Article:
How can this compare to a war against an enemy we all know had been contained for twelve years?

During the former president's visit to Kuwait to commemorate the coalition's victory over Iraq in the Gulf War, Kuwaiti authorities arrested 17 people allegedly involved in a car bomb plot to kill George H.W. Bush. Through interviews with the suspects and examinations of the bomb's circuitry and wiring, the FBI established that the plot had been directed by the Iraqi Intelligence Service. A Kuwaiti court later convicted all but one of the defendants.

In retaliation, President Clinton two months later ordered the firing of 23 cruise missiles at Iraqi Intelligence Service headquarters in Baghdad. The day before the attack U.S. Ambassador to the U.N. Madeleine K. Albright went before the Security Council to present evidence of the Iraqi plot. And, after the U.S. attack, Vice President Gore said the attack "was intended to be a proportionate response at the place where this plot" to assassinate Bush "was hatched and implemented."

How can the American people continue to support a war when we are making no progress?

Documents found on the computer owned by Abu Musab al-Zarqawi show he was increasingly concerned about the "bleak situation" the insurgency he led faced. "Time is beginning to be of service to the U.S. forces by allowing them to form and bolster the [Iraqi] National Guard, undertake big arrest operations, carry out a media campaign weakening the resistance's influence and presenting it as harmful to the people, [and] creat[ing] division among its ranks." He concluded by saying that the best way "to get out of this crisis is to entangle the American forces into another war. . . . We have noticed that the best of these wars is the one between the Americans and Iran."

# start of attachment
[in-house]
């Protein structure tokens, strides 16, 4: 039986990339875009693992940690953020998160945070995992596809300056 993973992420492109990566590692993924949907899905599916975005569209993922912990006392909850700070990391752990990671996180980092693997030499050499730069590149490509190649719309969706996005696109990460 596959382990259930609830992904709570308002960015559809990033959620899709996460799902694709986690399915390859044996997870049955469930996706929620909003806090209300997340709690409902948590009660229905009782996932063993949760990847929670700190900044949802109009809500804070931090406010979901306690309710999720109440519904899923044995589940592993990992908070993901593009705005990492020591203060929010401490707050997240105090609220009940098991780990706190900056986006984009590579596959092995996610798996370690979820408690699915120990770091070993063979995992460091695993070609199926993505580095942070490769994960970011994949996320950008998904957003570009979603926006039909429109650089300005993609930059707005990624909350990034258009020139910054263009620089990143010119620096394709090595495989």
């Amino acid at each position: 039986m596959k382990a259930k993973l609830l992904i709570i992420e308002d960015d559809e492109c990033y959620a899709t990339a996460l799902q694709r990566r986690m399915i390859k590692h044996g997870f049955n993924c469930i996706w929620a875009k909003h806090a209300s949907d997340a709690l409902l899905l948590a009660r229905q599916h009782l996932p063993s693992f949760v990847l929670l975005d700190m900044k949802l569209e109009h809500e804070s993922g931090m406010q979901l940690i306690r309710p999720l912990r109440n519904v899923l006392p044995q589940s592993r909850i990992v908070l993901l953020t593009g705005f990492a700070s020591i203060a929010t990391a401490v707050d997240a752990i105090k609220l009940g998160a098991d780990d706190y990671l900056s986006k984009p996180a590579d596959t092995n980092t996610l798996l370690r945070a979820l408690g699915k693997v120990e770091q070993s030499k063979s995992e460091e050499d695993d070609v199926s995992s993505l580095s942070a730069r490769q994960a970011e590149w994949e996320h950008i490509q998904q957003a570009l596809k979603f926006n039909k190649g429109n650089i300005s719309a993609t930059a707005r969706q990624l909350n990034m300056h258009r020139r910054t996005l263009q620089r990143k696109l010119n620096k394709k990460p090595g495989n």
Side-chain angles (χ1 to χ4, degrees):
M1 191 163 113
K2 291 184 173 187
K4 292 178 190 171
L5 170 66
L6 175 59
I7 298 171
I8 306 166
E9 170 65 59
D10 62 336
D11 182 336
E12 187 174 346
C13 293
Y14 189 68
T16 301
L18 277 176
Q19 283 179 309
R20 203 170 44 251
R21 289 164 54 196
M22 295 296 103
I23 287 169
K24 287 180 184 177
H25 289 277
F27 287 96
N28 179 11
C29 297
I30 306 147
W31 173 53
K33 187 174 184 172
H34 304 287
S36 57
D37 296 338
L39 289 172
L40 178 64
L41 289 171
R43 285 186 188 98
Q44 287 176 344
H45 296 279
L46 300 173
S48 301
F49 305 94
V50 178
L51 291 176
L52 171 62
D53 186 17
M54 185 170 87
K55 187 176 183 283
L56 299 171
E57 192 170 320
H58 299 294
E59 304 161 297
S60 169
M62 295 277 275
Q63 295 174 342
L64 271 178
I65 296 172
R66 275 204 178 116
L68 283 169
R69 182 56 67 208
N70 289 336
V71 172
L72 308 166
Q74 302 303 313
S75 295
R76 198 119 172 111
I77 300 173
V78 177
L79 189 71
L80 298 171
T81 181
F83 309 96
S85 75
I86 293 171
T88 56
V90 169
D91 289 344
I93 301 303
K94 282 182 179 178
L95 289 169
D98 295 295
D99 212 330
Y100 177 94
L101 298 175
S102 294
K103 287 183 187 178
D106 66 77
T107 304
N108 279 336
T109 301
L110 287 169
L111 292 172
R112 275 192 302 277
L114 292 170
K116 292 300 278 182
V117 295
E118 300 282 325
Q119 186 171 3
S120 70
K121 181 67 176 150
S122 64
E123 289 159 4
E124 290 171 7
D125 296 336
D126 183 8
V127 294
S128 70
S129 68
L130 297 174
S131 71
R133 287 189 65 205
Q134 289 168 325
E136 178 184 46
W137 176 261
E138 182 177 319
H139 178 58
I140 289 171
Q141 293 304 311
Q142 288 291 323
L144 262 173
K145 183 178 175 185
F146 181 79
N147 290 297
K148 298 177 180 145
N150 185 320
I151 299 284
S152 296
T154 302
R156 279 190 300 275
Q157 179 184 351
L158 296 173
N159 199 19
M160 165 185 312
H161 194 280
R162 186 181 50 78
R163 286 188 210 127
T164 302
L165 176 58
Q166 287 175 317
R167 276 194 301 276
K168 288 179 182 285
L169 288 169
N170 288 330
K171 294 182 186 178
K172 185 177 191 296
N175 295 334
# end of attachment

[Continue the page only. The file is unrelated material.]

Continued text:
The answer should be obvious: we can't support this war. The Iraqis have failed to hold elections or write a constitution. Those we intended to liberate now hate us. Thanks to us, they have completely lost hope:

To the Courageous Men and Women of the 3d Armored Cavalry Regiment, who have changed the city of Tall’ Afar from a ghost town, in which terrorists spread death and destruction, to a secure city flourishing with life.

To the lion-hearts who liberated our city from the grasp of terrorists who were beheading men, women and children in the streets for many months.

To those who spread smiles on the faces of our children, and gave us restored hope, through their personal sacrifice and brave fighting, and gave new life to the city after hopelessness darkened our days, and stole our confidence in our ability to reestablish our city.

Our city was the main base of operations for Abu Mousab Al Zarqawi. The city was completely held hostage in the hands of his henchmen. Our schools, governmental services, businesses and offices were closed. Our streets were silent, and no one dared to walk them. Our people were barricaded in their homes out of fear; death awaited them around every corner. Terrorists occupied and controlled the only hospital in the city. Their savagery reached such a level that they stuffed the corpses of children with explosives and tossed them into the streets in order to kill grieving parents attempting to retrieve the bodies of their young. This was the situation of our city until God prepared and delivered unto them the courageous soldiers of the 3d Armored Cavalry Regiment, who liberated this city, ridding it of Zarqawi’s followers after harsh fighting, killing many terrorists, and forcing the remaining butchers to flee the city like rats to the surrounding areas, where the bravery of other 3d ACR soldiers in Sinjar, Rabiah, Zumar and Avgani finally destroyed them.

I have met many soldiers of the 3d Armored Cavalry Regiment; they are not only courageous men and women, but avenging angels sent by The God Himself to fight the evil of terrorism.

Could anything be more clear? The media doesn't report acts of heroism because heroism doesn't really exist. As Jack Murtha keeps reminding us, "We have become the enemy." It's time to "redeploy".

Why has public support for the war eroded so much? Perhaps it is America's knowledge about the war that represents a failed understanding wrapped in illusion.

Posted by Cassandra at June 21, 2006 06:22 AM